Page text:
Summary of Council decision
Two issues were investigated, one of which was Not upheld and one Upheld.
A website home page for Employment Advice Bureau, www.employment-advice-bureau.co.uk, seen on 10 April 2017, was headed, “The UK national free employment law helpline for employers”. Further down the page, text stated “FREE EMPLOYMENT LEGAL ADVICE” followed by a telephone number. The page also featured a logo with an image of justice scales. Text in the logo stated “CERTIFIED QUALITY ADVICE”.
The complainant challenged whether:
1. the claim “free employment law advice” was misleading because they understood that employers must sign a contract to qualify for the free legal advice; and
2. the logo “certified quality advice” was misleading because they believed that the certification did not exist.
1. Avensure Ltd t/a Employment Advice Bureau said that employers did not have to sign a contract in order to receive free advice. They said that free legal advice was available on an unlimited basis to any employer.
Employment Advice Bureau said that a number of contractual services were available to users beyond the free advisory telephone service. They said that if an employer decided to utilise one of those services, a commercial contract would be required, but only upon request.
2. Employment Advice Bureau said that the certification was of an internal nature used to reflect the high standards they set themselves as a business. They provided examples of certifications they had received from independent bodies for different aspects of their business.
Employment Advice Bureau said that they ensured that their advisors were trained and knowledgeable to a high a standard and many of them were solicitors, barristers or Chartered Institute of Personnel and Development qualified. They said that they carried out regular internal training and legislation updates to all advisory staff. They said that they considered the qualifications of their advisory staff supported the claim “certified advice”.
1. Not upheld
The ASA noted that the home page of the website stated, “The UK national free employment law helpline for employers” followed by a telephone number. We considered that consumers were likely to interpret the claim to mean that they could obtain free legal advice, without commitment, by calling the listed telephone number.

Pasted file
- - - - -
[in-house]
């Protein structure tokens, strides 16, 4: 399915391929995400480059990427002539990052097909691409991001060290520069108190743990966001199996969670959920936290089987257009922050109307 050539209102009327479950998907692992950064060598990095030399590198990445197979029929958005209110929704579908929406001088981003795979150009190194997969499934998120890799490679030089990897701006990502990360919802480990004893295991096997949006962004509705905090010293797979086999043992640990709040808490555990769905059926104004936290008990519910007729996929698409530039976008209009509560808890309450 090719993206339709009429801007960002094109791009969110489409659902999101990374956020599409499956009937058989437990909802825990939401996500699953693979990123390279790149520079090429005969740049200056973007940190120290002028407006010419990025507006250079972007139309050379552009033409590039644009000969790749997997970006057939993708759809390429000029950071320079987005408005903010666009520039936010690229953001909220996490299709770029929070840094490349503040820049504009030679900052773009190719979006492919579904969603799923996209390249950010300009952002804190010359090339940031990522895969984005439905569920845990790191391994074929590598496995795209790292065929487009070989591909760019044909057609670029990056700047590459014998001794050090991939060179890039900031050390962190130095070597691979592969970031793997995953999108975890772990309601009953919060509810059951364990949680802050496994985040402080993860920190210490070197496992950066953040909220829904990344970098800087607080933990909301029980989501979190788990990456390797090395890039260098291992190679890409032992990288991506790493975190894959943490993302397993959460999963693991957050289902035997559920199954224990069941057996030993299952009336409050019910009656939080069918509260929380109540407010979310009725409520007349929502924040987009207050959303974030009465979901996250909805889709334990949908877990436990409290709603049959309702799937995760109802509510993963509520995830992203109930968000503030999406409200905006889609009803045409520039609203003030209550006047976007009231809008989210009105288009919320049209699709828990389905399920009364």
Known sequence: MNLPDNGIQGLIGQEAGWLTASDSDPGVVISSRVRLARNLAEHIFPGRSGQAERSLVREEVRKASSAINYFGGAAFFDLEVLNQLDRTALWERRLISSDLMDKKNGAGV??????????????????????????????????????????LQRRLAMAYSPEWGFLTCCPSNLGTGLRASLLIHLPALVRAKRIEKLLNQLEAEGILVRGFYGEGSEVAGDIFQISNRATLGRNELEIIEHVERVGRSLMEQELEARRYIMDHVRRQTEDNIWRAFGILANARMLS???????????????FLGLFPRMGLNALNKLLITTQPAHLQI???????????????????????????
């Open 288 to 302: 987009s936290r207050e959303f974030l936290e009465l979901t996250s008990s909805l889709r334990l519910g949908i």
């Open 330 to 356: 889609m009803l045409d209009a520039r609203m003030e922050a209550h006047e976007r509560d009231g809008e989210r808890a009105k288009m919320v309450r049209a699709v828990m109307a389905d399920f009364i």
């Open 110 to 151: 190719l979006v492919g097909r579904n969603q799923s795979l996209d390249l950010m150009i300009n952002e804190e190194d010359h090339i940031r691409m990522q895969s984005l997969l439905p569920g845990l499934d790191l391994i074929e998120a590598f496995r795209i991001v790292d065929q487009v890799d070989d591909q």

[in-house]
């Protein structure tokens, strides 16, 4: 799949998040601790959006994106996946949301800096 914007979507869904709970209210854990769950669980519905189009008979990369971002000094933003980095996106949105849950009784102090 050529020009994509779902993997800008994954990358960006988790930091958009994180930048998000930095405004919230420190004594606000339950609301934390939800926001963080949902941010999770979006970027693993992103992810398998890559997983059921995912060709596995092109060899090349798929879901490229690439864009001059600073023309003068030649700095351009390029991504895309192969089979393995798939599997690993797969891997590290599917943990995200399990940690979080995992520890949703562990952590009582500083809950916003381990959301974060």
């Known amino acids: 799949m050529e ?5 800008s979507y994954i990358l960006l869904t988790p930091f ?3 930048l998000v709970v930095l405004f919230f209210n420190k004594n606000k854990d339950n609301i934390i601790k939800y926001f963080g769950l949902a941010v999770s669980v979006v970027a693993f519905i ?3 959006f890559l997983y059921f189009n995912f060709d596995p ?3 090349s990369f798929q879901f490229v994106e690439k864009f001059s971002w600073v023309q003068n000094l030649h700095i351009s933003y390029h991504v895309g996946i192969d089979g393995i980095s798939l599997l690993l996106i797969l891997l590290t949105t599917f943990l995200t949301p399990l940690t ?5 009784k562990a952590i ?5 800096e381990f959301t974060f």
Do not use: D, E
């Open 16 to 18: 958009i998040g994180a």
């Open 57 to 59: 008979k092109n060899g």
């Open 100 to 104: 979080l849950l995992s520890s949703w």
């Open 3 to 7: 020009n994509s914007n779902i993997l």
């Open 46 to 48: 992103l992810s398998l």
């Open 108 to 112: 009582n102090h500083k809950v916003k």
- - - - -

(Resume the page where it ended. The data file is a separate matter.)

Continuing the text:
We understood that Employment Bureau Advice offered a telephone advisory service to employers which was not restricted by the length or nature of the advice sought. We also understood that the only time a contract was required was if an employer requested to utilise one of Employment Bureau Advice’s additional services. Whilst we understood the complainant had been invited to make an appointment and sign up for additional services at the end of his call, we concluded that because employers were not required to sign a contract to obtain the free legal advice, the claim was therefore not misleading.
On that point we investigated the ad under CAP Code (Edition 12) rules 3.1 3.1 Marketing communications must not materially mislead or be likely to do so. (Misleading advertising), 3.7 3.7 Before distributing or submitting a marketing communication for publication, marketers must hold documentary evidence to prove claims that consumers are likely to regard as objective and that are capable of objective substantiation. The ASA may regard claims as misleading in the absence of adequate substantiation. (Substantiation) and 3.23 3.23 Marketing communications must make clear the extent of the commitment the consumer must make to take advantage of a "free" offer. (Free), but did not find it in breach.
We noted that the claim “certified quality advice” was presented in a logo format with two icons on either side of the claim. We considered that consumers were likely to interpret the claim to mean that Employment Advice Bureau had been rated by an independent body which recognised that their services met their standard for “quality advice”.
We acknowledged that Employment Advice Bureau had supplied documentation which demonstrated that they had obtained a number of accreditations and had implemented different policies to ensure internal high standards. However, we noted that the logo did not contain any information regarding the basis of the certification. We considered that in the context of a legal service, consumers would expect the basis of the certification to go beyond internal standards and ethics.
Because the claim implied that they had been awarded a certification from an external body relating to their “quality advice”, which we understood was not the case, we concluded that the claim was misleading.
On that point, the ad breached CAP Code (Edition 12) rules 3.1 3.1 Marketing communications must not materially mislead or be likely to do so. (Misleading advertising), 3.7 3.7 Before distributing or submitting a marketing communication for publication, marketers must hold documentary evidence to prove claims that consumers are likely to regard as objective and that are capable of objective substantiation. The ASA may regard claims as misleading in the absence of adequate substantiation. (Substantiation) and 3.45 3.45 Marketers must hold documentary evidence that a testimonial or endorsement used in a marketing communication is genuine, unless it is obviously fictitious, and hold contact details for the person who, or organisation that, gives it. (Endorsement and testimonials).
The ad must not appear again in its current form. We told Employment Advice Bureau to ensure that future ads did not imply that they had been certified by an external body unless they held documentary evidence.